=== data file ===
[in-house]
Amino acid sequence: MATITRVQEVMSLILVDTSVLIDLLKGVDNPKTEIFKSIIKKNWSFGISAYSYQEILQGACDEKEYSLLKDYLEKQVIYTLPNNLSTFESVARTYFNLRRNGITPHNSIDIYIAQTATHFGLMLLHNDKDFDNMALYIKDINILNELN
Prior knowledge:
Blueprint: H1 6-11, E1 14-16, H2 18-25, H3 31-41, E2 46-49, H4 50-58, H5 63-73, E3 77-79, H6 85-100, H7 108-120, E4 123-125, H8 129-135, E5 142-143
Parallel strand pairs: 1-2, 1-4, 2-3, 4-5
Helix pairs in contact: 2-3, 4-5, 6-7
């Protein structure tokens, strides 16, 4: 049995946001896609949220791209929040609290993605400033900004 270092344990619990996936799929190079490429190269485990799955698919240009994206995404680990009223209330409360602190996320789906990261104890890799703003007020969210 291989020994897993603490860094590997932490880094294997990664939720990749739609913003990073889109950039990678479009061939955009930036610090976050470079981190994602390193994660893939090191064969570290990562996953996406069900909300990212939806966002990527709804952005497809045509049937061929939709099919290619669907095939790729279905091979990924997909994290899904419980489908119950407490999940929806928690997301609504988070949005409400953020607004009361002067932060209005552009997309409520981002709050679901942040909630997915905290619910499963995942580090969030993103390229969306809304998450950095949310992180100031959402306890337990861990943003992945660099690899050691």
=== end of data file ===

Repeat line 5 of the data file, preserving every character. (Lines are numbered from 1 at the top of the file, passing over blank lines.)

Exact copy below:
Parallel strand pairs: 1-2, 1-4, 2-3, 4-5